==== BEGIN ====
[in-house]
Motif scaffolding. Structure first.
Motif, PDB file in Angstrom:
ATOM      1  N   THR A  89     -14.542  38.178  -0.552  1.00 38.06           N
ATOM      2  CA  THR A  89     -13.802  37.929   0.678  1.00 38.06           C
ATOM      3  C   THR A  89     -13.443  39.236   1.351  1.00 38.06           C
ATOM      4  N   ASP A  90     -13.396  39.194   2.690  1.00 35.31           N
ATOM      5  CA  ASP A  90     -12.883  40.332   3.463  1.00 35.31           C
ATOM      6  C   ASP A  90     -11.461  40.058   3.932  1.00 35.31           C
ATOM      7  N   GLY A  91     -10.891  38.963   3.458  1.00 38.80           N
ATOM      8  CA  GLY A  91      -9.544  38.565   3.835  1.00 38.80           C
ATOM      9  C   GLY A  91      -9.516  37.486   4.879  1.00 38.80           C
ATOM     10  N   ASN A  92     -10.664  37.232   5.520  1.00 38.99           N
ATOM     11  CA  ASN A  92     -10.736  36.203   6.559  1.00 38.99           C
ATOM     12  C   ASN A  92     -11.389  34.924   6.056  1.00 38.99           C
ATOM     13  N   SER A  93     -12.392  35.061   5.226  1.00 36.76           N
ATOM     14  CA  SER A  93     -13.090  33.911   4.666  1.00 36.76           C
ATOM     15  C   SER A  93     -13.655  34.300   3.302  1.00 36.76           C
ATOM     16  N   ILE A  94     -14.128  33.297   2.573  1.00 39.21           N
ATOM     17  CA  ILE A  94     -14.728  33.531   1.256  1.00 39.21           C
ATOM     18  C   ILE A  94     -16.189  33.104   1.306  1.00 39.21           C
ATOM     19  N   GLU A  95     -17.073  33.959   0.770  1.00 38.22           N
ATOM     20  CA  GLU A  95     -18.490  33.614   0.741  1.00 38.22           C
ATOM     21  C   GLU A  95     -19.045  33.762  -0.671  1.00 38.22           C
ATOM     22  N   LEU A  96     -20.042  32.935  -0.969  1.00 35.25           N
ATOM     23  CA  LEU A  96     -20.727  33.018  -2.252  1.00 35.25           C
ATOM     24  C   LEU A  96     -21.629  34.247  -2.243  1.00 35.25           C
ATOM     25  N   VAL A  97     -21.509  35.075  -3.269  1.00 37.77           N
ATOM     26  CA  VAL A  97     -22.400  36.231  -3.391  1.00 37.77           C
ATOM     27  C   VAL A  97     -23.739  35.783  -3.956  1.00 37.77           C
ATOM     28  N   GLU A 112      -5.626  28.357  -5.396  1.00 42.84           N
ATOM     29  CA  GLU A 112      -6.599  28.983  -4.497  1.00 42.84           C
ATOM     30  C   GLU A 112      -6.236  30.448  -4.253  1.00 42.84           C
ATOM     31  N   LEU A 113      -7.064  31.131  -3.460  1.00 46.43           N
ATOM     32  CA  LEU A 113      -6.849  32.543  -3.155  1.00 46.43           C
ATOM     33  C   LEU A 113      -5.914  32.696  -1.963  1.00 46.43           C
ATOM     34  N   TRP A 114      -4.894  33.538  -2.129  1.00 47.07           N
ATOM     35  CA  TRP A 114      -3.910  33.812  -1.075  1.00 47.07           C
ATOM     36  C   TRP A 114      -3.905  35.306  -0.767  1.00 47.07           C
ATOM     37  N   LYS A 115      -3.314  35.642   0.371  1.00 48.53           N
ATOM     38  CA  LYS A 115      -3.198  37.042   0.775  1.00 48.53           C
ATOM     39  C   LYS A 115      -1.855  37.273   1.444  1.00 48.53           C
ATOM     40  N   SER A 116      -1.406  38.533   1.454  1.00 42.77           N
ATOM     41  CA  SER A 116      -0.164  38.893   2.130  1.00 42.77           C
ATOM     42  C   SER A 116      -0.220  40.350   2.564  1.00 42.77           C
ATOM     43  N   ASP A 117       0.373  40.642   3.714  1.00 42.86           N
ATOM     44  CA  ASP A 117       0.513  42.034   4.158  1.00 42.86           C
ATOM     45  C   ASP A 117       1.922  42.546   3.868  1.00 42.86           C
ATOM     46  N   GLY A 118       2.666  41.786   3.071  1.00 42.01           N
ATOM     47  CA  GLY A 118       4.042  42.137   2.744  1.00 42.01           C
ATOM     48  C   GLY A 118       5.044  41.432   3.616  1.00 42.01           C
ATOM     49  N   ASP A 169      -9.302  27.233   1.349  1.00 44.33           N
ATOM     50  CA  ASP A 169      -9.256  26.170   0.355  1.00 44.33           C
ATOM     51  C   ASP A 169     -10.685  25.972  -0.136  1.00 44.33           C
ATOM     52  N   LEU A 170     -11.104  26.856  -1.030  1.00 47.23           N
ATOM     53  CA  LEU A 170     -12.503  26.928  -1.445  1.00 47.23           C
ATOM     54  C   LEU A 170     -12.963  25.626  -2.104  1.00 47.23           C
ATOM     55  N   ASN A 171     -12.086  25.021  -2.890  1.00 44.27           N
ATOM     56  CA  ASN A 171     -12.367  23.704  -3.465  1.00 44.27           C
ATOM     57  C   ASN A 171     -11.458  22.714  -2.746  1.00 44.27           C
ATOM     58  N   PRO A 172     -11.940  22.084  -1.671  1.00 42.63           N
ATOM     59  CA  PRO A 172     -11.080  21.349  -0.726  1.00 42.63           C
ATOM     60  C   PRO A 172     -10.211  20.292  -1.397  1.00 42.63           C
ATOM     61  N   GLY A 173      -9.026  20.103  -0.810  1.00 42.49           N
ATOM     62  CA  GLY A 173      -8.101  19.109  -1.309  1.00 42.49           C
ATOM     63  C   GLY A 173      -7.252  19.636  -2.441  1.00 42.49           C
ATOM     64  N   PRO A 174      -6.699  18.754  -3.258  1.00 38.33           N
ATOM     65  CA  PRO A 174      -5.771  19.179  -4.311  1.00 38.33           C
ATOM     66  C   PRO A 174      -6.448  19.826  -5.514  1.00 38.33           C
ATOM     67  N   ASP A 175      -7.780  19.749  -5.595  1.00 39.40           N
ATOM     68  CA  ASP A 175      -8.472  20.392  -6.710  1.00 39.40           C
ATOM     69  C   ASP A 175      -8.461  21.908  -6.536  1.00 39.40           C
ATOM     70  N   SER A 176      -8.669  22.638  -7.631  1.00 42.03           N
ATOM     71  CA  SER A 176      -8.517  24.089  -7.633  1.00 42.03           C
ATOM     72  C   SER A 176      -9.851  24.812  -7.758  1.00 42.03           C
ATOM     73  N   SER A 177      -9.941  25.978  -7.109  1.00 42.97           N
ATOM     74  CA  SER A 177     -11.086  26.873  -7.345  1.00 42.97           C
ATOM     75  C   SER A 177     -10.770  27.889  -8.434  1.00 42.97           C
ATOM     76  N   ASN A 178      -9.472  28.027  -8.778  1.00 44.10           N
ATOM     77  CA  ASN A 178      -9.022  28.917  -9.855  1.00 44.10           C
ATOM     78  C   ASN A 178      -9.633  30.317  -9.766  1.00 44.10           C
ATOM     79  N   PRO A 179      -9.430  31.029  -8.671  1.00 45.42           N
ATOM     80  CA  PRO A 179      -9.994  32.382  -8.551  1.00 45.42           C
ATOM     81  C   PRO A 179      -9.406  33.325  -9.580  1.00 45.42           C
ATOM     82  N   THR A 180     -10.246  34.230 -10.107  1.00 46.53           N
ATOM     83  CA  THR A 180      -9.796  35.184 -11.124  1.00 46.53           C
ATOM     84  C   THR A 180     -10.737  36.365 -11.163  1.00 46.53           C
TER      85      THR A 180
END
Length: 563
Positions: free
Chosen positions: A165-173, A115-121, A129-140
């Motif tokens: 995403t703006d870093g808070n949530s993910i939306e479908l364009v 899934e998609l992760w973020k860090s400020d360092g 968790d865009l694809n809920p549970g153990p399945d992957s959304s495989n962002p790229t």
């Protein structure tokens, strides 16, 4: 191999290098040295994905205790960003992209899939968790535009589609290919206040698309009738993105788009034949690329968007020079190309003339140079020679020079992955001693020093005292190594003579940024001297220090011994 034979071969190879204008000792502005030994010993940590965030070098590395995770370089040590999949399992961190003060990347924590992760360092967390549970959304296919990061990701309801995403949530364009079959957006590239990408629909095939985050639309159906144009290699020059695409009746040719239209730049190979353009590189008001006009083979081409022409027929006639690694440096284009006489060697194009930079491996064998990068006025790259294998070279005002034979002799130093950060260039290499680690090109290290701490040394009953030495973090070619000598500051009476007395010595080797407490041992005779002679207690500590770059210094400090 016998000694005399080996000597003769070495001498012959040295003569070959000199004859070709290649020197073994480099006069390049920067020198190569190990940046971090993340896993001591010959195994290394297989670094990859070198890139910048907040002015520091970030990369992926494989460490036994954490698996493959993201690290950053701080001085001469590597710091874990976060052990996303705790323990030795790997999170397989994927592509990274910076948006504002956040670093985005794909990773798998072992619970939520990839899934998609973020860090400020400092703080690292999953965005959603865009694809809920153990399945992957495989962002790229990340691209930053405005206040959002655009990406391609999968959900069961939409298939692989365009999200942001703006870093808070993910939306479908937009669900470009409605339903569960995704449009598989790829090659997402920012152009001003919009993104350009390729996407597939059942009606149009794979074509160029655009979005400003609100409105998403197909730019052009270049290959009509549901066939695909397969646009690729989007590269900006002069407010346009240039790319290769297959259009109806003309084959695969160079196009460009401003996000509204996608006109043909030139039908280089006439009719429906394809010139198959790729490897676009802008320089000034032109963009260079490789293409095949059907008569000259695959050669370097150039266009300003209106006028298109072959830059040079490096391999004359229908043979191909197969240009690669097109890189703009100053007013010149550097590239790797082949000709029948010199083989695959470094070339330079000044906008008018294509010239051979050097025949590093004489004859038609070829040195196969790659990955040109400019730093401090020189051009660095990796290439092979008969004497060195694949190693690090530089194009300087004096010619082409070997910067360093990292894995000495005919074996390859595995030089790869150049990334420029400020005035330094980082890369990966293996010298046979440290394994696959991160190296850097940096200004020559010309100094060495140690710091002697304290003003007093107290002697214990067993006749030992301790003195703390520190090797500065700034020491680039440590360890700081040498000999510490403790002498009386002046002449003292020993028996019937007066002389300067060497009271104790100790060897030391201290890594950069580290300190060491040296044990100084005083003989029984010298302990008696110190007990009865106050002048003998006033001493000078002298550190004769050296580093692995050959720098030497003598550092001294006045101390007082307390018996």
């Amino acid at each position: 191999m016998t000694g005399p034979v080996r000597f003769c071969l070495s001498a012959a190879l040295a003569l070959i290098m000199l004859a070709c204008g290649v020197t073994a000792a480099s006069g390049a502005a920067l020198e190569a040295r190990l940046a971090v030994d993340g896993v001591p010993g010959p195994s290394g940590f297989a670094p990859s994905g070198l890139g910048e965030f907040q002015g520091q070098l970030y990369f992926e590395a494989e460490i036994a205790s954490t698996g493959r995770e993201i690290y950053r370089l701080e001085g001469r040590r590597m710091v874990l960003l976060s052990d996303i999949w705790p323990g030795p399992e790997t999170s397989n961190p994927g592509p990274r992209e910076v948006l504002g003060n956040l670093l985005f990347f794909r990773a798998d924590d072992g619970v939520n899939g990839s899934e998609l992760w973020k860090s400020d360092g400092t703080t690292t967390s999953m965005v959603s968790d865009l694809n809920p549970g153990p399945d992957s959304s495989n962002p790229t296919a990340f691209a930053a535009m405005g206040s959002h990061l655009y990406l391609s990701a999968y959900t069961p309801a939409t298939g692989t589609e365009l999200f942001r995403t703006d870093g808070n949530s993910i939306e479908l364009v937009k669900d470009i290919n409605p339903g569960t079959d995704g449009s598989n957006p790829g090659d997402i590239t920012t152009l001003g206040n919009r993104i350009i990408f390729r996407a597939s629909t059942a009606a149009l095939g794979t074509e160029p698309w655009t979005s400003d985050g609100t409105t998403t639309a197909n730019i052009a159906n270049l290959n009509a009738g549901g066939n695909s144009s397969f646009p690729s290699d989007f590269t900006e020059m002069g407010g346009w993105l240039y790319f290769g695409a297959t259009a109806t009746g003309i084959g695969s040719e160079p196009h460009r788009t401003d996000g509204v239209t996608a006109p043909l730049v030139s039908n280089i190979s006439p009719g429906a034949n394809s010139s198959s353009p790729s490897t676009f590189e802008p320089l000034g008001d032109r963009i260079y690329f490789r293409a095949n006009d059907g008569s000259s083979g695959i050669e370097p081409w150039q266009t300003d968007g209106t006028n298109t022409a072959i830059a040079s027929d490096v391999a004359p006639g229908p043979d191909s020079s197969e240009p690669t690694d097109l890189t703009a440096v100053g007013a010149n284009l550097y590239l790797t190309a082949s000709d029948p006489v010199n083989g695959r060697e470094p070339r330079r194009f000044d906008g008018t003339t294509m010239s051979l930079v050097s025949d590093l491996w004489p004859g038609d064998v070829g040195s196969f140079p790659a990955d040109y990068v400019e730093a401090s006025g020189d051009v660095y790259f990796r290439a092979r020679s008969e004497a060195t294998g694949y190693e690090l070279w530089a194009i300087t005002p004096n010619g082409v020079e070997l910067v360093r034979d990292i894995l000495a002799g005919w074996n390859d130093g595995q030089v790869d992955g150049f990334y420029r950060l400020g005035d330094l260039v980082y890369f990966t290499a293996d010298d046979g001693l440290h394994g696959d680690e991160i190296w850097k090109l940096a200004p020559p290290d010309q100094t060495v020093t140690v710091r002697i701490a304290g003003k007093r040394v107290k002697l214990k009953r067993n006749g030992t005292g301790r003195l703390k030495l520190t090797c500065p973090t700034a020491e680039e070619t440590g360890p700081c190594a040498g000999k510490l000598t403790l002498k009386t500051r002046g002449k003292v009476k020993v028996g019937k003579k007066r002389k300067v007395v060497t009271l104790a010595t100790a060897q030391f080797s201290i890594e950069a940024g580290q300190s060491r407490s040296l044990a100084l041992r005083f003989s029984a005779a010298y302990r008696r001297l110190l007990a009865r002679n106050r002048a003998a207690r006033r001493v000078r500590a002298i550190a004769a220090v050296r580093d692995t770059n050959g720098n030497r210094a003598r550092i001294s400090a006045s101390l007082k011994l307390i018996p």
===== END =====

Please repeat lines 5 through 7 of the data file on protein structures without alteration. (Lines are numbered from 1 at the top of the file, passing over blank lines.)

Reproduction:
ATOM      2  CA  THR A  89     -13.802  37.929   0.678  1.00 38.06           C
ATOM      3  C   THR A  89     -13.443  39.236   1.351  1.00 38.06           C
ATOM      4  N   ASP A  90     -13.396  39.194   2.690  1.00 35.31           N